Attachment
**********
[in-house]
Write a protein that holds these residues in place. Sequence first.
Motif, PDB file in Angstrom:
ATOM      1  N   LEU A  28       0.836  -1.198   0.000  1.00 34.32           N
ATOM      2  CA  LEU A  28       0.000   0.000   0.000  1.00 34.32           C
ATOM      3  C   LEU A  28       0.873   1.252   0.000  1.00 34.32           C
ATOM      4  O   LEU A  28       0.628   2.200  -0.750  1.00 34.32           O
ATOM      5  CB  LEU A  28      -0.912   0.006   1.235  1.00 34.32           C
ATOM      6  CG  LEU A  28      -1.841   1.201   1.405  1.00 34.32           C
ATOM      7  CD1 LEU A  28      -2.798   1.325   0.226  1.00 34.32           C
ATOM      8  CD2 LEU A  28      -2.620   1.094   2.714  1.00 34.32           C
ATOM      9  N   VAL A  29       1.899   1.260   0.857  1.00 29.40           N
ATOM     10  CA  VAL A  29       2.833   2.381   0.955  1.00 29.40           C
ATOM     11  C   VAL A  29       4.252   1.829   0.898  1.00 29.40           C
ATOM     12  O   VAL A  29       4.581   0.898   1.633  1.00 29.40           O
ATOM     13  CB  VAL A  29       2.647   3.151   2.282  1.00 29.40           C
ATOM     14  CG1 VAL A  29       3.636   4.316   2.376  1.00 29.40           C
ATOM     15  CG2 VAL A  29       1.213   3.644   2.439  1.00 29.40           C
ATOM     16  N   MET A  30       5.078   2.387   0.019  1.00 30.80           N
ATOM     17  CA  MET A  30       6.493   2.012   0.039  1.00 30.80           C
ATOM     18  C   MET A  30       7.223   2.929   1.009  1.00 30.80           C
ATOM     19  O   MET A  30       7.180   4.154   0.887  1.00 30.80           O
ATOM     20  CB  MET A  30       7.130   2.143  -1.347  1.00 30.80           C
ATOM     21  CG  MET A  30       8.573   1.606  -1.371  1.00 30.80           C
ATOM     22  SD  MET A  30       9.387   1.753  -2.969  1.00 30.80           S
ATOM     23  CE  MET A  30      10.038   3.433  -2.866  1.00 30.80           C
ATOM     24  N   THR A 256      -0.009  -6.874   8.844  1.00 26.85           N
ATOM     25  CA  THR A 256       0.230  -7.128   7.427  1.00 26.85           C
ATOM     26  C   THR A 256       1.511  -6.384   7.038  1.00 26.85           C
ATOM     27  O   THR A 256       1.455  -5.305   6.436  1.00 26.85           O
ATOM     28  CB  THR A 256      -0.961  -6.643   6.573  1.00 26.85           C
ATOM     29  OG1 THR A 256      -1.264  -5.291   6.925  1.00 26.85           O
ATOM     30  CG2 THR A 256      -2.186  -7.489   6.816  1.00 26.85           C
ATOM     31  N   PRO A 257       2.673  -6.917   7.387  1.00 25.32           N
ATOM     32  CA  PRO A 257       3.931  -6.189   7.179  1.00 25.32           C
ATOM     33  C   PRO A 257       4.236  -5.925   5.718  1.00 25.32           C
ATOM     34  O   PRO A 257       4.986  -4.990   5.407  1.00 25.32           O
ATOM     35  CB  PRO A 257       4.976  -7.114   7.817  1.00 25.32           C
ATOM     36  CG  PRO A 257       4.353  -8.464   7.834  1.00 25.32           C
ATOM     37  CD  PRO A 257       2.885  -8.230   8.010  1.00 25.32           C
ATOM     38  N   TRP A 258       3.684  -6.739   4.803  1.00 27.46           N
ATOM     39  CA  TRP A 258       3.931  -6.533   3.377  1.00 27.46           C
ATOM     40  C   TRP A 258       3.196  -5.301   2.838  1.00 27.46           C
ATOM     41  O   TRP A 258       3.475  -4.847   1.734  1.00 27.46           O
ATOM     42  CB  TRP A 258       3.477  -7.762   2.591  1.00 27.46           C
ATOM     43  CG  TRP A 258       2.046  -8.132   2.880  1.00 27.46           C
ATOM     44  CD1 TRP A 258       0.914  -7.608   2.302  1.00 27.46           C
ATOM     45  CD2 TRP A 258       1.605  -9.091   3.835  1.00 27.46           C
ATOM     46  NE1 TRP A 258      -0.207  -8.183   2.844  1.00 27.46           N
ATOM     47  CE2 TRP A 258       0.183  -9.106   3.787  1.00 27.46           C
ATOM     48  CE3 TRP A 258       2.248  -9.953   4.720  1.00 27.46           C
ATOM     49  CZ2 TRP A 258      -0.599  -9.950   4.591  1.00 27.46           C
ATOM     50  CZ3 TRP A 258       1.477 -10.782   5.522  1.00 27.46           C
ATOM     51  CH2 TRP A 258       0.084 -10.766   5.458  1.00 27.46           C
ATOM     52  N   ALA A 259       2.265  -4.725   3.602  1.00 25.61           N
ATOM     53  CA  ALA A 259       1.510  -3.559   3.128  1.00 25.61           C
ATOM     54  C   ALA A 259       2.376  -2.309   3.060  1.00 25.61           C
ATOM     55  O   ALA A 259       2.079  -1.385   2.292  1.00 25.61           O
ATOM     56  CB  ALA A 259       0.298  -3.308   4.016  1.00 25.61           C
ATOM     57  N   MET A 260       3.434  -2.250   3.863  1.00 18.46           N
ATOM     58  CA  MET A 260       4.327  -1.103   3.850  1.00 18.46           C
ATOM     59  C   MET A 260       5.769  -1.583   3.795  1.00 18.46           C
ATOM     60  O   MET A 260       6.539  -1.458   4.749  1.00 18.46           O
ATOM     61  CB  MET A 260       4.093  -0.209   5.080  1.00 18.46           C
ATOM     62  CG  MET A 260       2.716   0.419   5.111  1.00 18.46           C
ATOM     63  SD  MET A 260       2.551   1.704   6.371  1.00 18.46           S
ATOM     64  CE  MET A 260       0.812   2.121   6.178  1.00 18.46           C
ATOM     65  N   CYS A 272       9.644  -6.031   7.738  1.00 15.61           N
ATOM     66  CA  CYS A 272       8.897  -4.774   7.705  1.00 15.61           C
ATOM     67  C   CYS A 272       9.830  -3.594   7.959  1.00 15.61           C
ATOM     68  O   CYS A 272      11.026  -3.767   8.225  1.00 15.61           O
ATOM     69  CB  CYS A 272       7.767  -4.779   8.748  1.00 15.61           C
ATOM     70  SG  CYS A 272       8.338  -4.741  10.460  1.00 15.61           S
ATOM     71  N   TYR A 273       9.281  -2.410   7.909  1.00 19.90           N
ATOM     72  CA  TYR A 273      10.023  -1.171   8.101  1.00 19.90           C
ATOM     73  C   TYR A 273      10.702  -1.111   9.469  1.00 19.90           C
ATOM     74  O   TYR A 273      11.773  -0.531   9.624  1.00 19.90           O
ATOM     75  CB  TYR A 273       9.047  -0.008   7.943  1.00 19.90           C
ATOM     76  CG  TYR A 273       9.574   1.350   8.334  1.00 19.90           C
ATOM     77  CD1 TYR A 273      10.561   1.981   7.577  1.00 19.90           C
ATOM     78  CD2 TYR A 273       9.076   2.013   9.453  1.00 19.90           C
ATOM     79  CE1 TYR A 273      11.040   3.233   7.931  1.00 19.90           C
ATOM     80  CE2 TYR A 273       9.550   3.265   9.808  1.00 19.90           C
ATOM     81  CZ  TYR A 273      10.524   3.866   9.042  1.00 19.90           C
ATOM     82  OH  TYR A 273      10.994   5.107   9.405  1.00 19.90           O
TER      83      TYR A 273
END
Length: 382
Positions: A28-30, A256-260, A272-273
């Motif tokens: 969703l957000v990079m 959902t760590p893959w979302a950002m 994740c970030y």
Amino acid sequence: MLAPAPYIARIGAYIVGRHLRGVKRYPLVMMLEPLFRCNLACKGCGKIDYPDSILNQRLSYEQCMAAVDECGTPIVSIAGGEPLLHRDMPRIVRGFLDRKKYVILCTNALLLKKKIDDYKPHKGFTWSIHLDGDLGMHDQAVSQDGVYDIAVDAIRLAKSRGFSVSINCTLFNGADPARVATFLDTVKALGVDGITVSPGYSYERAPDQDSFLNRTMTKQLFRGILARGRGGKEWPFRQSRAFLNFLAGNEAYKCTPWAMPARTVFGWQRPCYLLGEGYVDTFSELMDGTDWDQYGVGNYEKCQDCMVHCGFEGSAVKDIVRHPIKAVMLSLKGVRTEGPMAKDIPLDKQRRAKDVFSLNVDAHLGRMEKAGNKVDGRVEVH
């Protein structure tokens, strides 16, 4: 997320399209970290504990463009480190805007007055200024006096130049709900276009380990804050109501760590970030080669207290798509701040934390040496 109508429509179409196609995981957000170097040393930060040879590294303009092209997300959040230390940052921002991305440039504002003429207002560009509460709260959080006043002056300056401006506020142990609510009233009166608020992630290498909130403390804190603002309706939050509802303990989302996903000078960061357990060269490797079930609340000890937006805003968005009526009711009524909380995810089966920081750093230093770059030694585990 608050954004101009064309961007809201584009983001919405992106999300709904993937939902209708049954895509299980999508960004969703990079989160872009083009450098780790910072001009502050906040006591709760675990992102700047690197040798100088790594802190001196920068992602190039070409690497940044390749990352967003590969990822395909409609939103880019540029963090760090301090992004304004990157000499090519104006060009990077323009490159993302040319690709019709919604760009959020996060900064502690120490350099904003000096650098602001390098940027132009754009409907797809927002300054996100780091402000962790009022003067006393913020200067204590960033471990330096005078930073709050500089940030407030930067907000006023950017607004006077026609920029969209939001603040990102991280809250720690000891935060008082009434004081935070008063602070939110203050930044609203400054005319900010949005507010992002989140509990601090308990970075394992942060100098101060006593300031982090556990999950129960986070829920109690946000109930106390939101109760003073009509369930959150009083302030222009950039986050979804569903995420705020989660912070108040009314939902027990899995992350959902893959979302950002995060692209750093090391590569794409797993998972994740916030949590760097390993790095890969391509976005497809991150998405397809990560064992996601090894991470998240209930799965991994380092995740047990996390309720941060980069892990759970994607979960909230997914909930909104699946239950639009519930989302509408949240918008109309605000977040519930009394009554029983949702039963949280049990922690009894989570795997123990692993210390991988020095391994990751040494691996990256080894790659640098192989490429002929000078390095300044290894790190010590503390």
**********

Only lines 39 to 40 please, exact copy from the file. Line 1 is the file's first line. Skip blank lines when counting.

ATOM     36  CG  PRO A 257       4.353  -8.464   7.834  1.00 25.32           C
ATOM     37  CD  PRO A 257       2.885  -8.230   8.010  1.00 25.32           C